Christmas and Easter are the bookends to the story of Jesus, which, to many, is the essence of the whole Bible. Christmas initiates the story with a proclamation of good news directed to all people (Luke 2:10). Then, Easter represents the conclusion, with its great emphasis on the miracle of the resurrection. The physical resurrection of Christ is upheld as the evidence of His victory over death which then ensures our own physical body resurrection sometime in the future. In some vague sense this future resurrection is connected with our being reunited with God and loved ones who have gone on before us.
Whereas the message of Christmas is decidedly universal in nature, when we get to the celebration of Easter, the message is very limited indeed. If you want to relish the hope of the resurrection and the joyful reunion with departed loved ones, you better be a Christian. In addition, let’s hope and pray that your dead friends and family members were Christians also. I bet this story of the marvelous hope of the future resurrection, as normally understood, is not such a thrill for people outside our religious heritage.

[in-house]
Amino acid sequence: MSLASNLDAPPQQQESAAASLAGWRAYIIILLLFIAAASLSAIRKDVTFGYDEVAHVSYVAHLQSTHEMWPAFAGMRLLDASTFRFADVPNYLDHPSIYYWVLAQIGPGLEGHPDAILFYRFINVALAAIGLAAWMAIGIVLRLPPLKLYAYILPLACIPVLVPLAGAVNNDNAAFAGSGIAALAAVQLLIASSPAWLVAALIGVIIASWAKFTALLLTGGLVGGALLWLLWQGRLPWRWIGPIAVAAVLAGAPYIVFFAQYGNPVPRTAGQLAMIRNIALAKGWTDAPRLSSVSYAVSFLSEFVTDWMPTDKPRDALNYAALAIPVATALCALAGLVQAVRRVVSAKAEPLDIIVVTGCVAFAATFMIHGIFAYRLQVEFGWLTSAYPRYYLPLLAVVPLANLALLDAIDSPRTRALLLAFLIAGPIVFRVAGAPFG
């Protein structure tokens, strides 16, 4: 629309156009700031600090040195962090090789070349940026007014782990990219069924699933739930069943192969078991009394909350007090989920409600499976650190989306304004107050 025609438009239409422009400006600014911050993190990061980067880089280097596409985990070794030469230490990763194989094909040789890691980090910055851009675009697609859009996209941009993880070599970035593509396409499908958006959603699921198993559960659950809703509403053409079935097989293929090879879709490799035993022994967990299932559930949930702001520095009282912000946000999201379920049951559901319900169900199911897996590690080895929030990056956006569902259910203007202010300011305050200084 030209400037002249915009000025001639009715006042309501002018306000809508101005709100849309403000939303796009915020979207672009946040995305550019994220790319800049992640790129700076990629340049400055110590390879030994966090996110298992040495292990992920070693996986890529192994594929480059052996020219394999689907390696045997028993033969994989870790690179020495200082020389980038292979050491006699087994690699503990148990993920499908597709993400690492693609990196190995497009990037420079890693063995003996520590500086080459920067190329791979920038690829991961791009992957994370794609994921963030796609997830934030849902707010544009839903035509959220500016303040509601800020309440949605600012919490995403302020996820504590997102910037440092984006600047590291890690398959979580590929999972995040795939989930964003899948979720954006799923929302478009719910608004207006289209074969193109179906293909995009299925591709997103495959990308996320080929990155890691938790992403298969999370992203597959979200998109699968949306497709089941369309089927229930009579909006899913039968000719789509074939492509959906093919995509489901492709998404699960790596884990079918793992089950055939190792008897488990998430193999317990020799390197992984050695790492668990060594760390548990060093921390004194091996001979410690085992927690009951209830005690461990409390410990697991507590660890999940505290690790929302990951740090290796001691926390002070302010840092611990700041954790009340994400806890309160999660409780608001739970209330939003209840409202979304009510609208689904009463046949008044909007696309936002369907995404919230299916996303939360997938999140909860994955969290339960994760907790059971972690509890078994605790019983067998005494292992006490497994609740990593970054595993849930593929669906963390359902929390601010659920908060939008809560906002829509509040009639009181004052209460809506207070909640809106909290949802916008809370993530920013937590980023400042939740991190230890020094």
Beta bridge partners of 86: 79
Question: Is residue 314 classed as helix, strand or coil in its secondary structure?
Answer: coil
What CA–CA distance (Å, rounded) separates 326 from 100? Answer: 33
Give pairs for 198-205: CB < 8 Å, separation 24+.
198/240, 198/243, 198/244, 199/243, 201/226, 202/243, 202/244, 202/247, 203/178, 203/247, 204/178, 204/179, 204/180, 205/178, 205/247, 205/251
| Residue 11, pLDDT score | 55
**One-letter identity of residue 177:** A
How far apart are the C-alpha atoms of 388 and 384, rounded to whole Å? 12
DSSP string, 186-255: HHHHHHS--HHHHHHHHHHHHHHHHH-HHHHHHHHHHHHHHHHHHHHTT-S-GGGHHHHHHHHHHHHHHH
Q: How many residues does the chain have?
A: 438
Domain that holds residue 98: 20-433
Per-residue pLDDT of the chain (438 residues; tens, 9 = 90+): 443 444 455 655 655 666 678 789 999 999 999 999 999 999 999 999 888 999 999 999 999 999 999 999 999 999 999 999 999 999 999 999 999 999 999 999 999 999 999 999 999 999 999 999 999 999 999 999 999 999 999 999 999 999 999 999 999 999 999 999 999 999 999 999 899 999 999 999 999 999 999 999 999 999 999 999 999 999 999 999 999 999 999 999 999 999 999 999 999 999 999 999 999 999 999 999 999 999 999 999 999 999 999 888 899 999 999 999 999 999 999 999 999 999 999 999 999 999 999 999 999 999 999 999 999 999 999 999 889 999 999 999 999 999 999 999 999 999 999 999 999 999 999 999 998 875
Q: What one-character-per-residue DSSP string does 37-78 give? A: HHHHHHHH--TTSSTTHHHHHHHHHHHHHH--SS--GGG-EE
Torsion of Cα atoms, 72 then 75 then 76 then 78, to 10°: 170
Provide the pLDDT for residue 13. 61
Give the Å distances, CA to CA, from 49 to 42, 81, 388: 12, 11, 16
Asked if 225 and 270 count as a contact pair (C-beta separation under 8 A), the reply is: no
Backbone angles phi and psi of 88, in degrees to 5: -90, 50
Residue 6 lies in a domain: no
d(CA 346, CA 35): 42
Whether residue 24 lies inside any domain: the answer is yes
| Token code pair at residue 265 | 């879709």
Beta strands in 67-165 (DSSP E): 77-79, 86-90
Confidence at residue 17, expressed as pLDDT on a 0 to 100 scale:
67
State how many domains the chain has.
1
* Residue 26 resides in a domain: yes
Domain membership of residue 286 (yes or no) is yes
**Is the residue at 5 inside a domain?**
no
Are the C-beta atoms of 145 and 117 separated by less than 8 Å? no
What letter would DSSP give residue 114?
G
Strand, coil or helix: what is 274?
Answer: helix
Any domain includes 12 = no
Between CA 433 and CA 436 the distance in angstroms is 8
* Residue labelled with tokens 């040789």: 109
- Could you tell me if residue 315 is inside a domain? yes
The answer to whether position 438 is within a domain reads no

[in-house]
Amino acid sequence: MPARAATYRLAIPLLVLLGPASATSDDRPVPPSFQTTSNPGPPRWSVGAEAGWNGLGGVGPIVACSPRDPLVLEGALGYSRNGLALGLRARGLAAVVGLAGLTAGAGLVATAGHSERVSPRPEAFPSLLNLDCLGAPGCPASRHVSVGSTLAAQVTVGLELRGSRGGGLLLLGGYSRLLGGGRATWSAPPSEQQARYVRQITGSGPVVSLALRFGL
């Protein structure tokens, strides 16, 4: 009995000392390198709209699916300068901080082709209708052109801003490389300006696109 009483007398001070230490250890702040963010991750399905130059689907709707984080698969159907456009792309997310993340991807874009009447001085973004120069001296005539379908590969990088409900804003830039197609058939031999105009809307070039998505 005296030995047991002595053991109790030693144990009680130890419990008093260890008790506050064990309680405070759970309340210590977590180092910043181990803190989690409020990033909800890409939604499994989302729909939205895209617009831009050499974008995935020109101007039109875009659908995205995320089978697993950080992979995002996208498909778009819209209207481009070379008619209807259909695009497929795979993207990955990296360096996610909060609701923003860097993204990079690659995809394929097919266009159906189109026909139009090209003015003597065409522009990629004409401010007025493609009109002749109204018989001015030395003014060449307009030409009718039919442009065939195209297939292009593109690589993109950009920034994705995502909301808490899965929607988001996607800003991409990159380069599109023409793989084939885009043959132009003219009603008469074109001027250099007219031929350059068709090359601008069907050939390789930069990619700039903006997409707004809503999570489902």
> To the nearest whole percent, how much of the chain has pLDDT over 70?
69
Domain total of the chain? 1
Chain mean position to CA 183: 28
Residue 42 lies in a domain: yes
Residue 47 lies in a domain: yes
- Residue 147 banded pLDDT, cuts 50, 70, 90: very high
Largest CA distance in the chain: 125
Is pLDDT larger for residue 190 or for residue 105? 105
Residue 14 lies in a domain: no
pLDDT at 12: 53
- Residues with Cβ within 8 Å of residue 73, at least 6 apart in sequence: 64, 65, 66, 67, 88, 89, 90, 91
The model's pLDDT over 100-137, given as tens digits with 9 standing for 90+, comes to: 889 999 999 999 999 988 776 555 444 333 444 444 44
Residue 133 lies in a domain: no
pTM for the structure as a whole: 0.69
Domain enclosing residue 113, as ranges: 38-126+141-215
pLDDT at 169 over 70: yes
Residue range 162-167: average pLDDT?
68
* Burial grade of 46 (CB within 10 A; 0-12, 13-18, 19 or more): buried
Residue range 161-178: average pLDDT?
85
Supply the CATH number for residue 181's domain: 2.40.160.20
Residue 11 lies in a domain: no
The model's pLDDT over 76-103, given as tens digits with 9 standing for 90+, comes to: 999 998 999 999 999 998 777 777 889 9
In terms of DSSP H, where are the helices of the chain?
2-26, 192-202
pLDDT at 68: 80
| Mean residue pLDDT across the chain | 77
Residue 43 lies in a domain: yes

There is a marked contrast between the universally declared joy of Christmas and the traditional version of what Easter is all about. While Christians claim the sanction of God and rejoice in the never ending hope of Easter, the rest of the world is left to wonder why they aren’t included in the celebration, primarily because they were born in the wrong place.